AMSTERDAM – United by grief across oceans and continents, families who lost loved ones when Malaysia Airlines Flight 17 was shot down in 2014 hope that a trial starting next week will finally deliver something that has remained elusive ever since: The truth.
A trial starts Monday in the Netherlands for three Russians linked to their country’s security and intelligence services and a Ukrainian rebel commander. They are accused of mass murder for their alleged roles in shooting down the Boeing 777 on July 17, 2014, as it passed over conflict-torn eastern Ukraine, killing all 298 passengers and crew.
For the families of the victims, the trial is the latest development in a constant stream of news since they received devastating phone calls telling them that their loved ones had been killed.
Silene Fredriksz-Hoogzand’s life as she knew it ended that summer day.
Her son Bryce and his girlfriend Daisy were killed when a missile fired from territory controlled by pro-Russian rebels tore the passenger jet apart, sending wreckage and bodies raining down onto fields of sunflowers in eastern Ukraine. The debris field spread across some 50 square kilometers (20 square miles).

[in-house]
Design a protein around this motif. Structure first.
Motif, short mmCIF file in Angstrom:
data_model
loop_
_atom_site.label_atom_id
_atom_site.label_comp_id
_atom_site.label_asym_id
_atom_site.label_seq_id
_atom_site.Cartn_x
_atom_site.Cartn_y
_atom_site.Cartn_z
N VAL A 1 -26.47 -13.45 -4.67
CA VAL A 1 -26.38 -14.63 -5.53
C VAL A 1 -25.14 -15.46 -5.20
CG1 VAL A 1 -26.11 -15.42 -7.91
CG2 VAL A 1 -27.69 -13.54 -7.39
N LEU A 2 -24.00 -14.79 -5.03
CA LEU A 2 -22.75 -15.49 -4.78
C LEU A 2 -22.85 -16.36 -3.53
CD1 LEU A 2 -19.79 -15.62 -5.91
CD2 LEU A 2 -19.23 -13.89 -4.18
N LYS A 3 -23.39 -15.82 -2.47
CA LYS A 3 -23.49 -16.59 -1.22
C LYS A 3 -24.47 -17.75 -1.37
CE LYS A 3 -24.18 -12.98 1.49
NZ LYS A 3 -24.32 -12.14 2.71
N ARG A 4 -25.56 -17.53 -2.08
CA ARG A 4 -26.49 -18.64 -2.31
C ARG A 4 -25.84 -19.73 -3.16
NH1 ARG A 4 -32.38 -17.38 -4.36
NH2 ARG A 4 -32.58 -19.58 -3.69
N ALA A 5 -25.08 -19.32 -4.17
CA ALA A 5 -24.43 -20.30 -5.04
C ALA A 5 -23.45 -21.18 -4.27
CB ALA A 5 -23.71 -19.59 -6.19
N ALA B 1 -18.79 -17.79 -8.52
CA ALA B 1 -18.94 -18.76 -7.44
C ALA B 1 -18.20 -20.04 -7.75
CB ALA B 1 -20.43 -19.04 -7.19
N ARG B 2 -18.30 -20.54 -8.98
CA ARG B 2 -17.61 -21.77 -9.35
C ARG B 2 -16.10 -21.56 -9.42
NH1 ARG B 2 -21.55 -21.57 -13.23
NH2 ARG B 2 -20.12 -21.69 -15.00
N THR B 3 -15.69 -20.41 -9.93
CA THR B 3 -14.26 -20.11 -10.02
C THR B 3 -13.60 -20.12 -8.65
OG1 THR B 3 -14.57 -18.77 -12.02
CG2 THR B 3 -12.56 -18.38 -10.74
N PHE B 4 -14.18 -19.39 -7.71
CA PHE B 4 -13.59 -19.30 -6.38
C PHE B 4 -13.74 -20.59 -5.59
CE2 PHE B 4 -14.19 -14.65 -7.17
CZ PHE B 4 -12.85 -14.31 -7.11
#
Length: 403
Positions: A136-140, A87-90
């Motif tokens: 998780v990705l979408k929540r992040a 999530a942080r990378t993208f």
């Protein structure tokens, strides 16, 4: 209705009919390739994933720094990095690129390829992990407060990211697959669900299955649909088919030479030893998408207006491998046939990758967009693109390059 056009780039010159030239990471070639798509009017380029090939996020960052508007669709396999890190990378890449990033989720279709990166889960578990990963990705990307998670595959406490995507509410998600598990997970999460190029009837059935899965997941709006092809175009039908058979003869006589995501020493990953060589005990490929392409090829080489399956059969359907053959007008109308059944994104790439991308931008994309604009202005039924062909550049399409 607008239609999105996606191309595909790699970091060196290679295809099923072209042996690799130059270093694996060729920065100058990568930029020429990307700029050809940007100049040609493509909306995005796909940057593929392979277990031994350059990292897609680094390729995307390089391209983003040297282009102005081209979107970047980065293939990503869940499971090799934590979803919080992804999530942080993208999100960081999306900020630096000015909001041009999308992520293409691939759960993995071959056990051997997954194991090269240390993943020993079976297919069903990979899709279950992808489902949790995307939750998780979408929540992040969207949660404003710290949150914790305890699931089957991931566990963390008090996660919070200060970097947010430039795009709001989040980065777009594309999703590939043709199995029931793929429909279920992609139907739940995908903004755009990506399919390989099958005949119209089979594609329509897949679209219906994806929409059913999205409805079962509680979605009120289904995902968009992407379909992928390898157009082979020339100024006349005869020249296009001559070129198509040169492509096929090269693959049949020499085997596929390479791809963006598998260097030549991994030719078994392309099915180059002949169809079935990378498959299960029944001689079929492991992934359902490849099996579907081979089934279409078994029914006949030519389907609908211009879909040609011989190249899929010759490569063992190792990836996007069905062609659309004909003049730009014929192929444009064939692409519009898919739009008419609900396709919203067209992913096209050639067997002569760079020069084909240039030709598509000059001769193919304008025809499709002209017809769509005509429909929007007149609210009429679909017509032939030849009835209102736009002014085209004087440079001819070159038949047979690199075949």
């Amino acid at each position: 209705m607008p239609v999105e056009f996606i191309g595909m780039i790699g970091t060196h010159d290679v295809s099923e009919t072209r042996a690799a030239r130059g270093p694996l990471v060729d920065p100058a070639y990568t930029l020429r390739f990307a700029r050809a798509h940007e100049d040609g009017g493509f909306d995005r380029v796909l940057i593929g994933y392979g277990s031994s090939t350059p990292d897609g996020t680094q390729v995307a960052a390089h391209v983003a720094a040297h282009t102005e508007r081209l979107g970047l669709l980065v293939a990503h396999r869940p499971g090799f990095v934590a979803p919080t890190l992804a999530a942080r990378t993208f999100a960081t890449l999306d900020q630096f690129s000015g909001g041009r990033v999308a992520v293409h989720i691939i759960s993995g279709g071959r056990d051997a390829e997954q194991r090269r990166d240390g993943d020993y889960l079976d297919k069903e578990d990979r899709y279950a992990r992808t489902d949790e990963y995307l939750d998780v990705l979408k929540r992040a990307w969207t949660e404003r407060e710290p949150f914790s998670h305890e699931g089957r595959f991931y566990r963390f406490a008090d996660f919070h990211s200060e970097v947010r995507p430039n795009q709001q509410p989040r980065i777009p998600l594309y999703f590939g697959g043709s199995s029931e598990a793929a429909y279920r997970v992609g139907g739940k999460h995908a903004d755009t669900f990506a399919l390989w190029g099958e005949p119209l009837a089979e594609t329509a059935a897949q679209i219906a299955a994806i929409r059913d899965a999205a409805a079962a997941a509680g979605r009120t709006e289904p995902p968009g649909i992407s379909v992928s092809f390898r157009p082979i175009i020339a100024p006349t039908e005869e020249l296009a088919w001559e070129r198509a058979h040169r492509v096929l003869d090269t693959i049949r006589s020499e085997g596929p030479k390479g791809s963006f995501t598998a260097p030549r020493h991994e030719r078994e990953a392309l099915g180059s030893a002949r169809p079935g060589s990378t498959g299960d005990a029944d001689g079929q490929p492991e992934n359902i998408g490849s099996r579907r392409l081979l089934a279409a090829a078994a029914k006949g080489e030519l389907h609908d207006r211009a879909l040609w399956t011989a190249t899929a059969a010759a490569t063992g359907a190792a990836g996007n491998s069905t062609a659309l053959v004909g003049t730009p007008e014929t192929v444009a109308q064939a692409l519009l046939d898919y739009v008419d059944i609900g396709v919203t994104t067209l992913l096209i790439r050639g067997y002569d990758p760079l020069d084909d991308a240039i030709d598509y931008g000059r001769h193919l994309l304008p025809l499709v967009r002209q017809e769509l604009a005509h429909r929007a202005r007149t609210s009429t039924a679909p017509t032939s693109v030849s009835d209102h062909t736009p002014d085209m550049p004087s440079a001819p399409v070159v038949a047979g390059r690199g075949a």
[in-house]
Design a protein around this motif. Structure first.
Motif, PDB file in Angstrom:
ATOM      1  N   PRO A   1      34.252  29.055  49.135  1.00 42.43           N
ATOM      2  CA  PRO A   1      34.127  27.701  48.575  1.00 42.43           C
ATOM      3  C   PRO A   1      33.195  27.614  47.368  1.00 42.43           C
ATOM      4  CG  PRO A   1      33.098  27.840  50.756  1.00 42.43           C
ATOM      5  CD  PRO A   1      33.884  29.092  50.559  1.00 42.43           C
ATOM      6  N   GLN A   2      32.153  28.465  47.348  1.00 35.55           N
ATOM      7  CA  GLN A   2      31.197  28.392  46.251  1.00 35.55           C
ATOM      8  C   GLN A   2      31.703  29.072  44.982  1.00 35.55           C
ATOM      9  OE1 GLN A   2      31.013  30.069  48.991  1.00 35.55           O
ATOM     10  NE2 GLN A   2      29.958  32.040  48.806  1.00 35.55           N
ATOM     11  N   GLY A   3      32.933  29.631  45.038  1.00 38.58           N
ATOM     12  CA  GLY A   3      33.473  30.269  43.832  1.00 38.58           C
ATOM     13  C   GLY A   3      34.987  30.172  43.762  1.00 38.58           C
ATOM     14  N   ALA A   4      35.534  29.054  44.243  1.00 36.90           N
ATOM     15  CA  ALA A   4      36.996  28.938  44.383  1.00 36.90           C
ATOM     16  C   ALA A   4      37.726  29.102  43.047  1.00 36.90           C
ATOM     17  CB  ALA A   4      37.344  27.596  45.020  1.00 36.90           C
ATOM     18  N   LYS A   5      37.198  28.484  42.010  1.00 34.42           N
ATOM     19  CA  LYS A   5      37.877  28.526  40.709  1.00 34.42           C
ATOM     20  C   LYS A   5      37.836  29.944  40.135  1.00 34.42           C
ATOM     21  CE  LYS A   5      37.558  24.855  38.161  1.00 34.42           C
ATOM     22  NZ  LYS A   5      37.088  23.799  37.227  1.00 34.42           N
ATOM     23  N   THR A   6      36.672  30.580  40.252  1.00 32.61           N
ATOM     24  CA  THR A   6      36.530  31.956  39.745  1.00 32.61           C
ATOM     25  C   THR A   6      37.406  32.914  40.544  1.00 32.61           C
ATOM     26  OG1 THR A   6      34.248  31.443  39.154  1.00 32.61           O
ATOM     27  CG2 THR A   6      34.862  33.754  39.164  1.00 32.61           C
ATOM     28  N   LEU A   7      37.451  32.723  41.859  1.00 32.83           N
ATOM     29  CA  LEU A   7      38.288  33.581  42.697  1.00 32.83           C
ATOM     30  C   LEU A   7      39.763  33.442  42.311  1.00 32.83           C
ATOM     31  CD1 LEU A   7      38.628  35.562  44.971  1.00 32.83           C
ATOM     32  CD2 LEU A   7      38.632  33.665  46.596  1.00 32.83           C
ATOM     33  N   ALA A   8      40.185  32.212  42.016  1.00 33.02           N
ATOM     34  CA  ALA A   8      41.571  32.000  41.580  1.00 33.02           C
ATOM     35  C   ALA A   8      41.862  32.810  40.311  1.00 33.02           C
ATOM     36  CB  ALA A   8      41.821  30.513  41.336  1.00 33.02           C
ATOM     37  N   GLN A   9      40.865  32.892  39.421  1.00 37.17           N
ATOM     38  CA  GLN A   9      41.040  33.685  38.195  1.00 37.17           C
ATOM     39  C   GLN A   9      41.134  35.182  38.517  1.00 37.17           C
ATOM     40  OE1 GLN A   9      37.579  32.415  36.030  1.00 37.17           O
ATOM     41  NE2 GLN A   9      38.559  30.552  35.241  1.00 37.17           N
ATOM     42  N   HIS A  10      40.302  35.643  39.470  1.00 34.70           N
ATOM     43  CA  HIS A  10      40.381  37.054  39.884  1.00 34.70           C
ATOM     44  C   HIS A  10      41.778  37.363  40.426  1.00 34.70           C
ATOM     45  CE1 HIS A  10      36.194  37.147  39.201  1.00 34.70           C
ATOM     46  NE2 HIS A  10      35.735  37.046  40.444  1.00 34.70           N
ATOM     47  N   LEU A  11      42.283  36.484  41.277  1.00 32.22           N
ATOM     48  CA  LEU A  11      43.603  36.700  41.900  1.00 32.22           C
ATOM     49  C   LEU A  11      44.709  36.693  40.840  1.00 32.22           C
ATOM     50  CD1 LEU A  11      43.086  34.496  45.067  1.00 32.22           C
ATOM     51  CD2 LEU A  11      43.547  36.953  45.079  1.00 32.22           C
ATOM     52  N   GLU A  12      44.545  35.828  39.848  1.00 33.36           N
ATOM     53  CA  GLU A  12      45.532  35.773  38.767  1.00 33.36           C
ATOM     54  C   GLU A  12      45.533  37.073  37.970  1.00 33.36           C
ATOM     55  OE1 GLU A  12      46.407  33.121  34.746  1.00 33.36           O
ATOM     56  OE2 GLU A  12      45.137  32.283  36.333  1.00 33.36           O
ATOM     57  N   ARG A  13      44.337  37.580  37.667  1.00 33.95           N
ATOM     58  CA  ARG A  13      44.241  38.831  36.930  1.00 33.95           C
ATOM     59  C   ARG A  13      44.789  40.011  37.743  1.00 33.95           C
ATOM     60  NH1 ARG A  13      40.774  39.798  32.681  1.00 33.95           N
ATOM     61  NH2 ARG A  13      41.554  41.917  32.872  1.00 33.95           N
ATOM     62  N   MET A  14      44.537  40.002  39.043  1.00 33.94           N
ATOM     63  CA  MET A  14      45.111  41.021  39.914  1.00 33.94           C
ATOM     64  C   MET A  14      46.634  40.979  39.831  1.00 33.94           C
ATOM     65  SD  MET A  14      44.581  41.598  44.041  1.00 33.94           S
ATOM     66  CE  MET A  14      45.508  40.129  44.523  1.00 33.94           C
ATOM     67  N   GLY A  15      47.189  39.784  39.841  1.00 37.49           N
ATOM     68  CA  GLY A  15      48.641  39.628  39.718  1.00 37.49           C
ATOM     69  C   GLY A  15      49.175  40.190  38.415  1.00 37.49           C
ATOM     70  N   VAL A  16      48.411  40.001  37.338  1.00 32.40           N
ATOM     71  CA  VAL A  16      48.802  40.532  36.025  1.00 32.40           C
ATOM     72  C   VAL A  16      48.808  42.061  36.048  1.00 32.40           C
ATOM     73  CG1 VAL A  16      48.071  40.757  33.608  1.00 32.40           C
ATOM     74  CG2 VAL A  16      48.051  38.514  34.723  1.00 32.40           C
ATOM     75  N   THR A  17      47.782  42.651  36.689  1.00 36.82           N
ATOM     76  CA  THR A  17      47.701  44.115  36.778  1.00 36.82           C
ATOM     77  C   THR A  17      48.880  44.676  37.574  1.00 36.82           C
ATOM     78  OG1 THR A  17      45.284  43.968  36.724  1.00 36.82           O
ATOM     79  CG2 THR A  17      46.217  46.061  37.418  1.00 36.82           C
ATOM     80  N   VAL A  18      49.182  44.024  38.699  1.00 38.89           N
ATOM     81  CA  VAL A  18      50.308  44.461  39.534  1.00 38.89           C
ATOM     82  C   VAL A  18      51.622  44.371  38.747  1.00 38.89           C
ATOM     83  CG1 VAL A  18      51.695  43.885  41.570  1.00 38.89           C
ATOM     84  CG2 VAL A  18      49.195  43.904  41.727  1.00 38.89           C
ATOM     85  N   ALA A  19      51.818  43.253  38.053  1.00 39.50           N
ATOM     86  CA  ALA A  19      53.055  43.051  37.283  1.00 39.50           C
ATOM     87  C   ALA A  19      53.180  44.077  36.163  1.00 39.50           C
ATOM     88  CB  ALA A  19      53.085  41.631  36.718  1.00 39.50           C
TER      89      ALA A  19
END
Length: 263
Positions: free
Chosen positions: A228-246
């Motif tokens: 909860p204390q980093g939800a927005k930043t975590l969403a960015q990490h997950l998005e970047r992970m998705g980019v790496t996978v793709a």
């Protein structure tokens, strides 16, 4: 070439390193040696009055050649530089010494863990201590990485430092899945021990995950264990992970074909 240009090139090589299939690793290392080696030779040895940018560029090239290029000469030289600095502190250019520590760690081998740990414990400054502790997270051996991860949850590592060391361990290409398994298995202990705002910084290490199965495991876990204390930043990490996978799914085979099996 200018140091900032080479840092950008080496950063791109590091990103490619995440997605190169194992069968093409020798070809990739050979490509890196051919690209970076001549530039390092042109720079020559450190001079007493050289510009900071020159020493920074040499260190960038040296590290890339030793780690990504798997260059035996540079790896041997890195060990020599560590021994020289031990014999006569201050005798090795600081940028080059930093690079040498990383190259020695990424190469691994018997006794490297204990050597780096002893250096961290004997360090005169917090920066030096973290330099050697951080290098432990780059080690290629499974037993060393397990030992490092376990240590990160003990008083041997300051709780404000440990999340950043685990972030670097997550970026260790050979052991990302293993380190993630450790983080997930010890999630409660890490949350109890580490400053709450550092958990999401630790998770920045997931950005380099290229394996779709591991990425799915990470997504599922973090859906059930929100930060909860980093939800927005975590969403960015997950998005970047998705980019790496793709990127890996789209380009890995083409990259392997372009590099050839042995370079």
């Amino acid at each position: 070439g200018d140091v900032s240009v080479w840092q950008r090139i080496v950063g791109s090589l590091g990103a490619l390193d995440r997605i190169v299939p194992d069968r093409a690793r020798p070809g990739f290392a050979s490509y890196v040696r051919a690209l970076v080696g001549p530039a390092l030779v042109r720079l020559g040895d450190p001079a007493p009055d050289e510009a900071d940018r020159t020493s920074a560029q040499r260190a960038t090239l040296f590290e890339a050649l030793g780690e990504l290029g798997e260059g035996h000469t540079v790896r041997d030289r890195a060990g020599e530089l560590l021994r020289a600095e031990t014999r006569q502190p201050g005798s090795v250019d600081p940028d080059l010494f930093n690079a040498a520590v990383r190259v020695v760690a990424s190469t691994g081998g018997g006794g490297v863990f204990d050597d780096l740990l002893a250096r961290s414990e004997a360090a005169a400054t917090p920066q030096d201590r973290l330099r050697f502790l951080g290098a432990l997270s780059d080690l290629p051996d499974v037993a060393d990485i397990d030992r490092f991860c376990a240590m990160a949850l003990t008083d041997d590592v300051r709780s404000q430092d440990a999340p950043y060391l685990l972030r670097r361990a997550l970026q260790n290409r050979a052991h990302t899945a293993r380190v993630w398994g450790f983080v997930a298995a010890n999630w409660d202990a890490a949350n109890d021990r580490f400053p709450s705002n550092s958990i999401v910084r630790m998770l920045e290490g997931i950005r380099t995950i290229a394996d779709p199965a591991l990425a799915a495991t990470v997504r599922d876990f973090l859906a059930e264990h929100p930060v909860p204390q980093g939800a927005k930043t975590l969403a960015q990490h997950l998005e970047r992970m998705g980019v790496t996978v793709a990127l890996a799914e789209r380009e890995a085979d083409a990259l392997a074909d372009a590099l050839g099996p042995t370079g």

"It never will return to normal,” Fredriksz-Hoogzand said. “There's a life before and a life after."
Pictures and mementos of the young couple still adorn the walls of the house in Rotterdam where they lived with Fredriksz-Hoogzand and her husband, Rob. The couple’s bedroom remains as it was the day they left, heading for a holiday in Indonesia.
On Monday, they will head to a conference center to watch the trial proceedings with other relatives from around the world. The actual courtroom is close to Amsterdam’s Schiphol Airport where the flight known as MH17 had taken off, heading for Kuala Lumpur in Malaysia.